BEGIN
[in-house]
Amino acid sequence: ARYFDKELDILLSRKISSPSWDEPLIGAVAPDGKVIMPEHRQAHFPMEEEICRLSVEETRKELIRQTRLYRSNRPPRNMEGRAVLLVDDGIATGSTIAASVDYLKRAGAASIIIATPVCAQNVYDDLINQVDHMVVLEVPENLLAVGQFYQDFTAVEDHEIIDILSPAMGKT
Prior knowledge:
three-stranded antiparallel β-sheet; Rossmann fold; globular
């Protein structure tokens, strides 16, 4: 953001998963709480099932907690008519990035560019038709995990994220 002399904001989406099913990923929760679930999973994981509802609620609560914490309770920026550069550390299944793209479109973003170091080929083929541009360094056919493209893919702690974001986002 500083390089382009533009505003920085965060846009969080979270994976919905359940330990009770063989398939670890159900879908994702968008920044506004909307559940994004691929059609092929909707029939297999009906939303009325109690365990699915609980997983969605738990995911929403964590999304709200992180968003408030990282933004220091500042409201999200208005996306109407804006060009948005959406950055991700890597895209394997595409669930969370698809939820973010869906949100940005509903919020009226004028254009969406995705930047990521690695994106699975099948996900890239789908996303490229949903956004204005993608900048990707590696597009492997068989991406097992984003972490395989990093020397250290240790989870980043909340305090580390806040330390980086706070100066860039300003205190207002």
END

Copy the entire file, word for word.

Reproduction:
[in-house]
Amino acid sequence: ARYFDKELDILLSRKISSPSWDEPLIGAVAPDGKVIMPEHRQAHFPMEEEICRLSVEETRKELIRQTRLYRSNRPPRNMEGRAVLLVDDGIATGSTIAASVDYLKRAGAASIIIATPVCAQNVYDDLINQVDHMVVLEVPENLLAVGQFYQDFTAVEDHEIIDILSPAMGKT
Prior knowledge:
three-stranded antiparallel β-sheet; Rossmann fold; globular
């Protein structure tokens, strides 16, 4: 953001998963709480099932907690008519990035560019038709995990994220 002399904001989406099913990923929760679930999973994981509802609620609560914490309770920026550069550390299944793209479109973003170091080929083929541009360094056919493209893919702690974001986002 500083390089382009533009505003920085965060846009969080979270994976919905359940330990009770063989398939670890159900879908994702968008920044506004909307559940994004691929059609092929909707029939297999009906939303009325109690365990699915609980997983969605738990995911929403964590999304709200992180968003408030990282933004220091500042409201999200208005996306109407804006060009948005959406950055991700890597895209394997595409669930969370698809939820973010869906949100940005509903919020009226004028254009969406995705930047990521690695994106699975099948996900890239789908996303490229949903956004204005993608900048990707590696597009492997068989991406097992984003972490395989990093020397250290240790989870980043909340305090580390806040330390980086706070100066860039300003205190207002």